Saturday, July 19, 2014

Cactus + Alcohol = delicious

If there's one thing I've learned since we moved to the Sonoran Desert, it's that you can garden and eat things from the ground. It just takes some serious labor and love.

I cannot just plant tomatoes, water them every other day, and expect fruit.

That's just silly and naïve. One must do extensive research!

In  fact, I am currently starting my seeds for next years garden. As it takes much love and transitioning to get them ready for Arizona's awful, relentless heat!

One thing we've really embraced this year - is making use out of our cacti. We have a beautiful prickly pear cactus in the corner of our yard that bears wonderful fruit!

What does prickly pear look like again?
 
There are 2 distinct parts to the prickly pear. The green paddles (nopales) and the purple prickly pears.
 
Harvesting these isn't always fun. You will get hairs and thorns impaled into your skin. Unless you were smart and perhaps wore gloves?
 
The nopales paddles remind me of something similar in flavor to green beans, asparagus, soft bell peppers, tomatillos ? (if those 4 vegetables were to mate....). You slice off the outer skin (swallowing cactus thorns is not recommended). Sautee it with oil, salt, & pepper. It is delicious! Great in salsa, tacos, salads, ect!
 
 
Finished Product:

 
Now for the prickly pears - there is a little labor that goes into it! We have tried jam, jelly, juice, and lemonade at the local farmers' market. Which are good. But to be honest, we aren't big jam/jelly people. And I'd probably turn the lemonade into an alcoholic beverage by the pool.
 
We have had prickly pear margaritas at the Marriot Star Pass resort - and loved them. So decided on making drunken prickly pears.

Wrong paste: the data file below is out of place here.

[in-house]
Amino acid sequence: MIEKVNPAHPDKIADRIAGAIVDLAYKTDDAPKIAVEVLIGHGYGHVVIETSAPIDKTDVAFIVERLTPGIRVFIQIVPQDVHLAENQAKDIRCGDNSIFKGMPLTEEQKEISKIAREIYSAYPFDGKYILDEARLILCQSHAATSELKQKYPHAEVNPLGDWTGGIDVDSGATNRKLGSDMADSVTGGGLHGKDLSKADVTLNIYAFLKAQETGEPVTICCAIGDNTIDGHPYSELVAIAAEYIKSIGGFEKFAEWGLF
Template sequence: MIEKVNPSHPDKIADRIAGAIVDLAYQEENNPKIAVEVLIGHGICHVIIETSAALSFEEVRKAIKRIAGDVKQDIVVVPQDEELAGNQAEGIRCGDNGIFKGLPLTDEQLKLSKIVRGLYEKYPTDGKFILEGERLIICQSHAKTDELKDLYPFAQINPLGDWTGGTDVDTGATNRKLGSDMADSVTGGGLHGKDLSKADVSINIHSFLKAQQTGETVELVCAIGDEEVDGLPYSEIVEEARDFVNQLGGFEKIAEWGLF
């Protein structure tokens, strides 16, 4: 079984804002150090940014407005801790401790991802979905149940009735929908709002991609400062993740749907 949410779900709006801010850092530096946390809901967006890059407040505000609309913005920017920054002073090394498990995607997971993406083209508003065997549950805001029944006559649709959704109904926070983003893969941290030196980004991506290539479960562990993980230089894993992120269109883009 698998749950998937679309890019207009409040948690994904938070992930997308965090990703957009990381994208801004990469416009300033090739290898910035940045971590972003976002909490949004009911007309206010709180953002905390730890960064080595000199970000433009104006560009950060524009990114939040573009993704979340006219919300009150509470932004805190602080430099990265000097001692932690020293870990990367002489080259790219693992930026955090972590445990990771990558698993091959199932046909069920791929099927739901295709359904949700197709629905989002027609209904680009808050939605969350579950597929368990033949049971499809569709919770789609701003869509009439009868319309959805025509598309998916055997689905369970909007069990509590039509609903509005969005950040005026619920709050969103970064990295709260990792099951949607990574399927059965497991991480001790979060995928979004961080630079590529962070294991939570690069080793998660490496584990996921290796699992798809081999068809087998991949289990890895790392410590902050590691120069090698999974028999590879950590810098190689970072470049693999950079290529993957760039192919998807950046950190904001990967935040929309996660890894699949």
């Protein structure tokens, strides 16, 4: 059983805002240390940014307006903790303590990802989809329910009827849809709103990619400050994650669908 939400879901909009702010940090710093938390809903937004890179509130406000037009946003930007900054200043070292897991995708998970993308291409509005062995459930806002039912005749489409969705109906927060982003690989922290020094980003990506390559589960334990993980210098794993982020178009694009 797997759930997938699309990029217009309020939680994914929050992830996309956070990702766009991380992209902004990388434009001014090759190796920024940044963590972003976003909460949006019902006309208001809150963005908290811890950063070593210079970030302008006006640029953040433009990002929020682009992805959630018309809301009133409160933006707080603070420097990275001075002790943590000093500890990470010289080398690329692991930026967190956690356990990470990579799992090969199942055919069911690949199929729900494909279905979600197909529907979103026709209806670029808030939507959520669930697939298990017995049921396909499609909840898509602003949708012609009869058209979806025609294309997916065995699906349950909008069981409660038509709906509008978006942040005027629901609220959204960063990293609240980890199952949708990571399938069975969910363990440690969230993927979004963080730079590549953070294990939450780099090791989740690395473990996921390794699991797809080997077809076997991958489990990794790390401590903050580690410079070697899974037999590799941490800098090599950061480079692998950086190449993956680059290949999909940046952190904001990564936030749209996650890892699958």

Step 1: Harvest your prickly pears
 
Step 2: Slice off the tough outer skin. (This process is amazing. They look so dry, and when you cut into them - they bleed purple liquid!
(they kind of remind me of beets! In fact, they almost taste like a sweet seedy beet)
 
 
Step 3: Quarter your pears, and place in mason jar. Fill mason jar with your alcohol of choice. We did 3/4 of our jars with vodka. The other 1/4 we did tequila.
 
 
Step 4: Leave in fridge for several days (3-4). They are a very strong fruit, so don't require quite as long to infuse!
 
Step 5: Strain out your fruits. Make sure you collect the liquid/juice you're straining!! Have a bowl under the colander!
 
Step 6: Process your fruits into a pulp.
 
Step 7: Back to the strainer! (or cheese cloth may work well for this, too). Your goal is to
 separate pulp from the seeds. This takes about 10-15 minutes. When it's all strained - all that will be left is clumps of seeds. That can be disposed.
 
Step 8: Add your pulpy liquid to your liquid your strained out earlier, and stir well. Your prickly pear infused liquor is ready to enjoy!!
 
 
(This recipe made about 6 mason jars of liquor.)
 
Step 9: Enjoy in your drink of choice. We added 1/2 cup lime concentrate, 1/4 cup triple sec, ice, and made a blended drink for the pool!
 
  
 
 
What I like about prickly pear - is that it's not extremely sweet. Which makes sense, when you think of the harsh tree it comes from. There are actually quite a few health benefits (and remedies) behind prickly pears. Mexican culture has used it to treat viral infections, hang-overs, GI-upset, and lowering blood sugar!
 
Have you ever tried cactus? What did you think?
 


2 comments:

Lisa from Lisa's Yarns said...

That is awesome that you have found such a great use for something that you might have overlooked in the past. I have had cactus in that salad that I usually ordered at Cabo Fish Taco but that's it. I bet I would like a prickly pear margarita! So fun and I love the vibrant color!

Marlys said...

Beautiful looking finished product! I know I have had a prickly pear drink somewhere but didn't even realize it came from cacti! It looked like quite the process but the end result is awesome!